So there’s benefit one – you get more choice. You probably won’t get much of a choice over exactly when you’ll be treated by any particular provider (you’ll probably have to have private insurance for that, and even then the choices you are offered will be pretty constrained), but you can have a choice of which provider you get – provided of course all the information is available – and it probably isn’t. Which makes me wonder how you’d make a choice (and please don’t point me to the NHS Choices website which has very little of the information I’d suggest you’d need above).

Now let’s say you choose a private provider, and things don’t go entirely to plan. What then? This is where uncertainty raises its head. In your basic-NHS model, you go back to the same clinic that did the operation and they be expected to remedy things. If you’ve gone to one of those fancy private providers you may have a problem.

First, the private provider will still have to be there. They do go bust you know. If you are a few years in, there’s no guarantee they will still be around. If they are there, you might have an argument about whether they are responsible for fixing you up. Private medicine is based on profit – I’m sure the doctors working within it have good intentions (except those providing breast implants, given the PIP nonsense) but they do have a strong incentive to pass any problems away from them. So if you need additional care, they will either want to get paid for it, or want to pass you to another provider. This is pretty much what my mother-in-law experienced in the Australian system when her hip replacement was rather bodged. No-one was interested in taking responsibility and helping her – everyone wanted to avoid the cost she might incur for them.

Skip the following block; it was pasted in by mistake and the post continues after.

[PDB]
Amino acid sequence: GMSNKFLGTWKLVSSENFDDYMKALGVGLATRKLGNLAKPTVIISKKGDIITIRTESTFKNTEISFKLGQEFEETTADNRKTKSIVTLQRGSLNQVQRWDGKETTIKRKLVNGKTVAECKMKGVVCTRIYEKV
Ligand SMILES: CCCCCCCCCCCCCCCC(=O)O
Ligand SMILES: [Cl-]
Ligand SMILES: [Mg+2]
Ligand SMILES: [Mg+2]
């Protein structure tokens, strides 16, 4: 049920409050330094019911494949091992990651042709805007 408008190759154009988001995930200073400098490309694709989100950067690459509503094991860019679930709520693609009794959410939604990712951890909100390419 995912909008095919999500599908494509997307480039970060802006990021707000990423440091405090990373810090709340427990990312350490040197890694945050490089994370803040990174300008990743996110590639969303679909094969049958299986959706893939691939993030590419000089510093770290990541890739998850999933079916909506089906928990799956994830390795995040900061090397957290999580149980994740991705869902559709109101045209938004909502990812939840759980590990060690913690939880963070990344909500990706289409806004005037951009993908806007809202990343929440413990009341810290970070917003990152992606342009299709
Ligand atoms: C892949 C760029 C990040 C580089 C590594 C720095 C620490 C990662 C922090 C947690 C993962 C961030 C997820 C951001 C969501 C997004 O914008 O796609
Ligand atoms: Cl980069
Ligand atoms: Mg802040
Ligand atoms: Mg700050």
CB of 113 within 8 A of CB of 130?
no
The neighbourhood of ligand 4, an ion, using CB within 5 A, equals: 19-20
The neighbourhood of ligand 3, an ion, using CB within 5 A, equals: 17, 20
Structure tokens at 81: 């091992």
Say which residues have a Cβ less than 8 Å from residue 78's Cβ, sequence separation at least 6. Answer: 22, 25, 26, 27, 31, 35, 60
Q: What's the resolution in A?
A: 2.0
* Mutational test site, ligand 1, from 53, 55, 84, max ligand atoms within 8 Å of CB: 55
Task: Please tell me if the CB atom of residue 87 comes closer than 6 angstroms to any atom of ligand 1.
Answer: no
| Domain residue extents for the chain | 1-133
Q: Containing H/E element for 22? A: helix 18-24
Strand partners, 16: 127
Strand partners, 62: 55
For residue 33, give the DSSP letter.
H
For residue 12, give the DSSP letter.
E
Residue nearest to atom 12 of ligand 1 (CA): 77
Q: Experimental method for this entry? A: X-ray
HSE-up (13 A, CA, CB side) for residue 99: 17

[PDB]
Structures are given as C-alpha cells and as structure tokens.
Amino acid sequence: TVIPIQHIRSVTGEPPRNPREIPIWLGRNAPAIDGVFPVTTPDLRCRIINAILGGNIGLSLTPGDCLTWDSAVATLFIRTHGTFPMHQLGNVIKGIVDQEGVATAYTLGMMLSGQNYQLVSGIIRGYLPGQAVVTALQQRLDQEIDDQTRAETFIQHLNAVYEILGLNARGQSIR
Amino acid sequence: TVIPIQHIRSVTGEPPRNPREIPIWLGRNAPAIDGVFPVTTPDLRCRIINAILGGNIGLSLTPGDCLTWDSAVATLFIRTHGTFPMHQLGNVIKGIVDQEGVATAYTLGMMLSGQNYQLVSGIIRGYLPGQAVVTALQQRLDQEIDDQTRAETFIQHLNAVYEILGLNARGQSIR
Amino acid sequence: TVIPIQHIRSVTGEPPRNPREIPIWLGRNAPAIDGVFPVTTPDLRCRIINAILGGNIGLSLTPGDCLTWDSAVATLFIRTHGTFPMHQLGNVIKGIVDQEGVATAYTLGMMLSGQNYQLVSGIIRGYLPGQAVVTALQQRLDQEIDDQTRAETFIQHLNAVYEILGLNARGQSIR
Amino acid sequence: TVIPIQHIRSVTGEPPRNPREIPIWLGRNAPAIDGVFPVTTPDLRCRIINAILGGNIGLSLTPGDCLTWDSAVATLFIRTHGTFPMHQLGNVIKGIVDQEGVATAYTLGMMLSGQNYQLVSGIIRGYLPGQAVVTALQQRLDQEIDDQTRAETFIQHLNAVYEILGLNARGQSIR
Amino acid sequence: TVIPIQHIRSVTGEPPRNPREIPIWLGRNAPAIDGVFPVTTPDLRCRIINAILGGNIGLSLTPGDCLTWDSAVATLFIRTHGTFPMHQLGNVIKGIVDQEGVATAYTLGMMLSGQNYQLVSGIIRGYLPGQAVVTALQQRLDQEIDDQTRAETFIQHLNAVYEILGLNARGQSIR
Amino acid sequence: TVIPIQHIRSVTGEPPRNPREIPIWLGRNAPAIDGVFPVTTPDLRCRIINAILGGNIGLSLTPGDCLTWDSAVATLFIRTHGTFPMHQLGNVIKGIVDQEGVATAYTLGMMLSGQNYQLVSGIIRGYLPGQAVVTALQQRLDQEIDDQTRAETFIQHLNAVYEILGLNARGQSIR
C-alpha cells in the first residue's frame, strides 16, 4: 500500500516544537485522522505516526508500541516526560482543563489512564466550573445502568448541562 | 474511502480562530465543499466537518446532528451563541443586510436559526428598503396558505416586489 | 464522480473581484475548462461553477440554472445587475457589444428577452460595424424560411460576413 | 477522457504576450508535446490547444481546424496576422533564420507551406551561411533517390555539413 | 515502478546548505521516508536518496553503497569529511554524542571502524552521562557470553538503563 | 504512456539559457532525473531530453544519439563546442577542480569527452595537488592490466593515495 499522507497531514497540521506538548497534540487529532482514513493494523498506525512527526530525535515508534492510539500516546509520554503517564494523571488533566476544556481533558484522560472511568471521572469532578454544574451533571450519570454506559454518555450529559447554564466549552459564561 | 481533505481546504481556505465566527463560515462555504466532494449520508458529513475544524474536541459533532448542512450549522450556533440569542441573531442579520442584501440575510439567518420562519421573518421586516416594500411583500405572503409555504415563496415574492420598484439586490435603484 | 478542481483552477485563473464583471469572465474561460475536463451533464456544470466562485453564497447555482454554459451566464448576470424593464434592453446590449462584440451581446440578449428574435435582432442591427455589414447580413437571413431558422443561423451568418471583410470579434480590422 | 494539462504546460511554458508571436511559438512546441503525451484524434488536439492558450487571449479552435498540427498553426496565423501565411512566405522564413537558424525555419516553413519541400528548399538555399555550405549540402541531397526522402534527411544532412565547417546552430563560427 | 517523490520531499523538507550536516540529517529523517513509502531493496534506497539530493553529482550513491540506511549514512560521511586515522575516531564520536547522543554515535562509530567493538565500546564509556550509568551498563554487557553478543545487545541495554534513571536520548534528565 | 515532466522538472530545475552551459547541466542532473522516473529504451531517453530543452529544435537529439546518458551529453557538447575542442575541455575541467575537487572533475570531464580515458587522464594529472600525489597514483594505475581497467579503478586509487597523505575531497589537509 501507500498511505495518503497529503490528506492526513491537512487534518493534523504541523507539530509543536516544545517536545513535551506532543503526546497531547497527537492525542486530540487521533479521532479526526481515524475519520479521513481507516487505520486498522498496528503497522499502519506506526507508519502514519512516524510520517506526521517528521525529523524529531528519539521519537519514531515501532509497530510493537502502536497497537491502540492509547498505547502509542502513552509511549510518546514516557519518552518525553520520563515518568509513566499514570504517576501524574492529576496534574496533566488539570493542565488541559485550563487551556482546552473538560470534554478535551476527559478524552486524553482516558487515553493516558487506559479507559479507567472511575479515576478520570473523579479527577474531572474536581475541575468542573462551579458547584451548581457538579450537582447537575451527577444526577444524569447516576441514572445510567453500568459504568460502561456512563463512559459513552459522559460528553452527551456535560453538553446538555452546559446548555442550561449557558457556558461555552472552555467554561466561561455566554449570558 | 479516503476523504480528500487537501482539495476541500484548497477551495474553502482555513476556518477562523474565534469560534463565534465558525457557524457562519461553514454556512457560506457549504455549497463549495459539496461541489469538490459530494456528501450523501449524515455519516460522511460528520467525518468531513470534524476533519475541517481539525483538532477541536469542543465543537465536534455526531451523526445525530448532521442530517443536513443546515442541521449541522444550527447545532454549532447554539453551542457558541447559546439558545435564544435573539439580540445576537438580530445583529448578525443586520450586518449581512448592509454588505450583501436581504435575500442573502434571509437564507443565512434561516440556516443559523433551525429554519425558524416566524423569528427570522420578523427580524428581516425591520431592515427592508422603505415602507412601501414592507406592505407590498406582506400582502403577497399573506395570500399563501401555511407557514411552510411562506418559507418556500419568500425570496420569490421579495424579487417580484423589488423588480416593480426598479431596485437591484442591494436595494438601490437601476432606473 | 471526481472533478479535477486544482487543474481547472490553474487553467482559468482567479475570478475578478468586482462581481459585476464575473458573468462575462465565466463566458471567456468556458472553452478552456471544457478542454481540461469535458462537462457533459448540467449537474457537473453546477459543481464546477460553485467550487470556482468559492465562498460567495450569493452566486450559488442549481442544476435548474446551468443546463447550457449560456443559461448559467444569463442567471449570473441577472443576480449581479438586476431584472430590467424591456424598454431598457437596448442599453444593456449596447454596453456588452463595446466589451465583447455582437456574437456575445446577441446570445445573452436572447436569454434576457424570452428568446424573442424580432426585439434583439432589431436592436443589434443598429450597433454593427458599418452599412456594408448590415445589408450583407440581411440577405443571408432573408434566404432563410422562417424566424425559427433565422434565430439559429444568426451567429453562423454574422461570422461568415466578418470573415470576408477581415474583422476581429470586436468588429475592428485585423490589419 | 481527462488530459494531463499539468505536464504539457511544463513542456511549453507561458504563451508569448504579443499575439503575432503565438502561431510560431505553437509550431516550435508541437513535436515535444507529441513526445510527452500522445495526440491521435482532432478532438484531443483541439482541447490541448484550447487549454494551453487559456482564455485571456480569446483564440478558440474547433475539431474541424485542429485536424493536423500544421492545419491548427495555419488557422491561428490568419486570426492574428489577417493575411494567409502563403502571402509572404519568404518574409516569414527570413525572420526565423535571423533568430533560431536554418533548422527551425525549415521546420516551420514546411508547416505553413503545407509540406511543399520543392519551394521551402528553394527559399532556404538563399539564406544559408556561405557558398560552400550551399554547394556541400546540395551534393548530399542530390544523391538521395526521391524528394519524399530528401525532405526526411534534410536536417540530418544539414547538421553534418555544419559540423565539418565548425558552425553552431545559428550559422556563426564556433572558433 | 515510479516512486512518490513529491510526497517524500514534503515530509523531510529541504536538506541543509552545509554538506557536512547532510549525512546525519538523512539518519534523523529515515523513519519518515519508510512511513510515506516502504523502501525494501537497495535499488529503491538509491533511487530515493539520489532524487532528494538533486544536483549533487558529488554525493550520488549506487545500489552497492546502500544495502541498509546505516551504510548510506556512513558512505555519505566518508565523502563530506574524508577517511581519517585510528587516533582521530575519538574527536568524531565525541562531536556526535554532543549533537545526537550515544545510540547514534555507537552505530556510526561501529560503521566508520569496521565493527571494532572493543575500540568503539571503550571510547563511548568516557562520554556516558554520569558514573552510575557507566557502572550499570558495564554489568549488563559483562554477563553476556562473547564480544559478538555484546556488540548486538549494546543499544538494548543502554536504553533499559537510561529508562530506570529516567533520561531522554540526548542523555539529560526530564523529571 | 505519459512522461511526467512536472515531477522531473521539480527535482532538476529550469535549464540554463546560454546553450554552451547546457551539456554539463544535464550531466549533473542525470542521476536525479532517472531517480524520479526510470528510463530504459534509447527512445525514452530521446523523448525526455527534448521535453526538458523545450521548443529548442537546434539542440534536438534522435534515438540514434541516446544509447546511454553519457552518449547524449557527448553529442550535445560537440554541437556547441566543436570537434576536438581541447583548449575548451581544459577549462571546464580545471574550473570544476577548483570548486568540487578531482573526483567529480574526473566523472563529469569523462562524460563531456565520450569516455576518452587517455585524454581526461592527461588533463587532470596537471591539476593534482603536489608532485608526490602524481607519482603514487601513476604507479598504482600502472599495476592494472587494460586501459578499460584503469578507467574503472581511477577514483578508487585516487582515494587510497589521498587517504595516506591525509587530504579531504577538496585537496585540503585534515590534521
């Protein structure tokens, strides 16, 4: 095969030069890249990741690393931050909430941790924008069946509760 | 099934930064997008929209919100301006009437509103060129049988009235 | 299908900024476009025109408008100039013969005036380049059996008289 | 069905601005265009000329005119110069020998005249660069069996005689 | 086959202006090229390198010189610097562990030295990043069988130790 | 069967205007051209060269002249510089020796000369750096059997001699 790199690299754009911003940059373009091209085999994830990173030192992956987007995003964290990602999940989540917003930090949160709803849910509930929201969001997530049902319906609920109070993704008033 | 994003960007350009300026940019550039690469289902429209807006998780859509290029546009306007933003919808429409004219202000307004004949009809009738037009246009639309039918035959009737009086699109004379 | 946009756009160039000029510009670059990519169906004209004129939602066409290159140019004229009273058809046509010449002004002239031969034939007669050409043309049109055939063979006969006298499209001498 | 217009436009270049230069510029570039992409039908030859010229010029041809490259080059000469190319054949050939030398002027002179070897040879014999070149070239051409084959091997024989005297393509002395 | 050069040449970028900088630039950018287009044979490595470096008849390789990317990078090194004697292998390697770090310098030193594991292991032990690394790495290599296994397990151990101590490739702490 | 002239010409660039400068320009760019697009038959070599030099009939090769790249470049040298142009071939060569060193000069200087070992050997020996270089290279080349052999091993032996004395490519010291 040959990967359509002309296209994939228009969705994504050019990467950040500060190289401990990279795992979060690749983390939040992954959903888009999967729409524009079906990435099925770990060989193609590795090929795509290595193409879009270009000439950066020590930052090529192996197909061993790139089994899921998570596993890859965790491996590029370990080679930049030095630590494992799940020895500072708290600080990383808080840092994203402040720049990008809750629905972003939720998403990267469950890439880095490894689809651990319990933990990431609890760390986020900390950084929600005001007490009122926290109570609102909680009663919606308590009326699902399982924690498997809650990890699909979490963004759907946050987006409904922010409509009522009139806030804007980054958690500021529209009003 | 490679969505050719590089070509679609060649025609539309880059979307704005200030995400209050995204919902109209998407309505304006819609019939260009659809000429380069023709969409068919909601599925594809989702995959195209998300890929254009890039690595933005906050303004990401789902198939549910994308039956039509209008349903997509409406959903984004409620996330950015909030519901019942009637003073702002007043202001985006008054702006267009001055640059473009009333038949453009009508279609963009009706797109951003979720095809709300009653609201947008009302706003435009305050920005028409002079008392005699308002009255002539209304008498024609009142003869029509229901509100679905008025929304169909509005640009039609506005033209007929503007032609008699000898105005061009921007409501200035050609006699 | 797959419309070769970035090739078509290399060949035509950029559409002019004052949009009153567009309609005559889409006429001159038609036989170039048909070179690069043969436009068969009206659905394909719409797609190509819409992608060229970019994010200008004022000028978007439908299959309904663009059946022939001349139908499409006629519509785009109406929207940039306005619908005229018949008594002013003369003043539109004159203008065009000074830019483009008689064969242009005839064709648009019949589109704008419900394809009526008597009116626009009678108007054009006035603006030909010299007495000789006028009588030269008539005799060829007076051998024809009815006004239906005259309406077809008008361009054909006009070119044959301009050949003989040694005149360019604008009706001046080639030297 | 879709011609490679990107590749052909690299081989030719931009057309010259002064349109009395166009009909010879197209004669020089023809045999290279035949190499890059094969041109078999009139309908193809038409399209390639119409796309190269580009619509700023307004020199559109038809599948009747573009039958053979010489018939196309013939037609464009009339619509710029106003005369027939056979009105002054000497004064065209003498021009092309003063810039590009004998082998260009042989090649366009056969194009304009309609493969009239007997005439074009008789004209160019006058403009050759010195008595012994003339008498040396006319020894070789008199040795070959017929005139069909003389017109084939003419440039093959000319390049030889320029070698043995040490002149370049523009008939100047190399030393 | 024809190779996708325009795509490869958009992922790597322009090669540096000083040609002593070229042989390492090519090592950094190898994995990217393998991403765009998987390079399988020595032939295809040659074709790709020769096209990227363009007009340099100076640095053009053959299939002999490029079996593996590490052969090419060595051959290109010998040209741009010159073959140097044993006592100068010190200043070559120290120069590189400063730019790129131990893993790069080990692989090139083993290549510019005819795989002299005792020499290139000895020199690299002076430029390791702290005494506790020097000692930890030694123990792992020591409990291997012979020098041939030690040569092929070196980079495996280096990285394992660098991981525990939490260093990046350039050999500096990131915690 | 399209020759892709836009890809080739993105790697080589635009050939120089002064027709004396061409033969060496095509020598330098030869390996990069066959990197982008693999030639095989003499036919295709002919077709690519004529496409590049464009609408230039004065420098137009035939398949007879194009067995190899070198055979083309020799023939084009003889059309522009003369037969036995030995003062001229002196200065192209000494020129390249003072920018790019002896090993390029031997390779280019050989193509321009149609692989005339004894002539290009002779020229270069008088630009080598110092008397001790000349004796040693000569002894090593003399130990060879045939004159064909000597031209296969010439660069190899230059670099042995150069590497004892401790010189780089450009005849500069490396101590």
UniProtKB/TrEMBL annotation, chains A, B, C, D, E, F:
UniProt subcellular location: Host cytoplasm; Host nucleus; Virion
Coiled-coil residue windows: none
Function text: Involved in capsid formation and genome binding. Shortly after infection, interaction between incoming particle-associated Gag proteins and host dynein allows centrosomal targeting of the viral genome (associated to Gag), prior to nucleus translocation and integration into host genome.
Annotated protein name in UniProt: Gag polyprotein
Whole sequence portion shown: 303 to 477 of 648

So if something goes wrong, there’s quite a chance you’ll end up at another provider. The local comprehensive NHS hospital won’t be allowed to go bust, but will be under considerable financial pressure. Even so, it is likely to be your best option. You’ll probably have to go back to your GP and make another choice to get a referral, but it should still be possible. Then you can hopefully get some help.

However, the story doesn’t end there. To help recover, you might need rehabilitation. That will need you either to go to a hospital for another service, or more likely, receive a service in your home through a community-based service. The provider you meet with (you may need to make another choice here) for your service will need to know what your needs are, and will need to link up with your NHS hospital to look at your medical records. They may need to refer you on to other services – you may need to access specialist therapy of one kind or another. That’ll need a new contract with another service provider.

The whole point of all this is that, if you think that it can be difficult getting NHS services to join-up now, you ain’t seen nothing yet. Can you imagine what it will take to join up services across multiple providers from different organizations and all the contracts that will entail? And all the ways things will be able to go wrong? I’m not saying the NHS gets this right – but I can at least see how it’s meant to work in theory. I can’t even do that for the new arrangements, unless the mighty IT gods descend and create some kind of super-integrated system. That didn’t work out so well under Labour – over £6bn was spent to little effect.